Refine your search
There’s a wonderful moment at the beginning of any train journey when, gazing through the window, the platform starts to slip away. On this particular train there’s also a unique sound, not dissimilar to an orchestra tuning up: the soft chinking of crystal glassware. Then the gentle rhythmic chiming of fine china and silver cutlery as the train gathers speed, and the rising descant of excited conversation as the effervescence of Champagne takes effect. The Belmond Northern Belle is under way.
This is train travel as it was originally meant to be. From its inception up to its heyday in the early 20th century, first class rail journeys were truly glamorous and romantic. The big expresses had evocative names like Flying Scotsman, Golden Arrow and Cornish Riviera Express, and were synonymous with luxurious service and magnificent countryside. Belmond Northern Belle brings that era back to life.
The train’s seven carriages, named for British castles and country estates, come with their own inspiring names, all redolent of aristocracy and heritage. From Duart and Glamis in Scotland to Harlech on the Welsh coast, and Belvoir in central England, they are suggestive of the train’s wide-ranging itineraries. While there may be a ‘Northern’ in its name, its journeys span the country’s length and breadth, from Edinburgh to Bodmin Moor and back again.
In the repertoire are day trips or weekend breaks to some of Britain’s finest attractions, such as London’s Hampton Court Palace or the Royal Yacht Britannia at its mooring in Edinburgh. For history buffs, there are trips to grand castles such as Alnwick on the Northumberland coast, to the Roman-walled city of Chester, or York with its magnificent Minster.
There are city-break tours to London and Inverness and to horticultural events such as the RHS Chelsea and Harrogate Flower Shows. And for gourmet food lovers there are non-stop dining adventures, with the chance to indulge in the finest cuisine, wine and scenery without ever disembarking.
And why would you want to leave the train? You travel in carriages aglow with polished brass, brocaded curtains and mosaic floors, in a celebration of British heritage and craftsmanship. Ceilings are hand-painted, too, with motifs that capture the spirit of the castle or country house after which each carriage is named. The ceiling of Duart, for example, features a painting of plants and animals native to Scotland, such as the red deer and Scottish primrose.
Walls are decorated with marquetry panelling by A Dunn & Son, a studio founded in 1895 whose previous commissions include ocean liners, such as the Titanic, the Lusitania, the Queen Mary and the Queen Elizabeth. Albert’s granddaughter and her team still employ traditional methods that were used back in the 1700s.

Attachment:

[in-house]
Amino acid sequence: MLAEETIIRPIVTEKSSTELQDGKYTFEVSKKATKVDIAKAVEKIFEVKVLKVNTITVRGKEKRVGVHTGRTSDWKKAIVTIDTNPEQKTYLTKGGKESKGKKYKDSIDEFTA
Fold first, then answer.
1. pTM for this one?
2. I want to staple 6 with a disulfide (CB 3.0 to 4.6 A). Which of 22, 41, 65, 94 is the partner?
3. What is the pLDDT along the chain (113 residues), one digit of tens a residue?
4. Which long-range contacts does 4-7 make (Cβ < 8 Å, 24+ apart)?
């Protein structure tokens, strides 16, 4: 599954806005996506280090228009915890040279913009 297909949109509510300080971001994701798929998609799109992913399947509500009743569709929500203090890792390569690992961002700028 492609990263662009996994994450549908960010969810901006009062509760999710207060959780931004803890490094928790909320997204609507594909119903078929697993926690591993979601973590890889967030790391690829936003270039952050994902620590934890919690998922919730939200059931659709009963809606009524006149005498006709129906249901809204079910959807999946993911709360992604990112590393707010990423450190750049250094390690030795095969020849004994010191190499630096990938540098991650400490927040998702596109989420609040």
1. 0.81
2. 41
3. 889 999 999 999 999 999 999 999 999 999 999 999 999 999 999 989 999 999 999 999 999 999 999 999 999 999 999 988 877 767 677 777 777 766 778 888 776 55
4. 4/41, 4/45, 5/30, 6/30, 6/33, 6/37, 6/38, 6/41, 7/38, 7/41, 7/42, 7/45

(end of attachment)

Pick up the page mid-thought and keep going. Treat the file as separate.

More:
Lavatory floors are a riot of colourful mosaic work, so fine you barely dare to tread on them. They are the work of Brighton-based Aimee Harman, a former art student who was drawn to their “permanent and indestructible nature” For Chatsworth, her work takes inspiration from the facade, the fountains and the wandering pheasants.
This intricate interior detailing requires the constant care and attention of specialist teams to stay in tiptop condition. They include Bryan Greenham at the family firm of French polishers Greenham & Sons (established 1884), who is responsible for the marquetry panels and other woods. He works his way steadily through the train once a year, making it shine. His favourite carriage is Chatsworth, he says. “You don’t see that level or style of workmanship in many places these days.”
And then there’s the staff, for whom attention to detail is key – even those whom the passengers seldom see, such as the engineers who make sure everything works. Of course the most visible are the liveried stewards, who must keep their poise in a rocking train, pouring wine, placing plates, and greeting everyone by name.
Behind the scenes are the chefs in the two on-board 1950s kitchens who have the challenge of preparing exquisite meals in a narrow, moving space. Their menus reflect the regions where the train operates, so there’s Rhug Estate lamb and Caerphilly cheese when travelling through Wales.
With an annual schedule of around 200 trips, Belmond Northern Belle is a complex operation. Although based in Crewe, in the centre of England, its timetable might require it to arrive almost anywhere, ready and gleaming, to start a journey in the early hours of the morning. It needs to be self-contained and self-supporting, like a cruise ship, as it travels around. Staff have their own sleeping quarters on board, and there are offices and travelling stores.
Passengers return again and again for the experience. Since the service launched in 2000 some have travelled with the train over 200 times. And over the years more than 1,000 engagements and 20 weddings have taken place on board.
The romance of train travel lives on.
Evoking the golden age of travel, Belmond Northern Belle is a celebration of British heritage and the opulent “Belle” trains of the 1930s.
Individually designed carriages, named for and inspired by British castles and stately homes, are furnished with specially commissioned designs, hand decorated interiors, exclusive fabrics and fine worked panels. Every guest is warmly welcomed aboard by an attentive and dedicated crew. Immaculately laid tables with starched linen and gleaming silverware speak of glamour, sophistication and luxuryDownload factsheet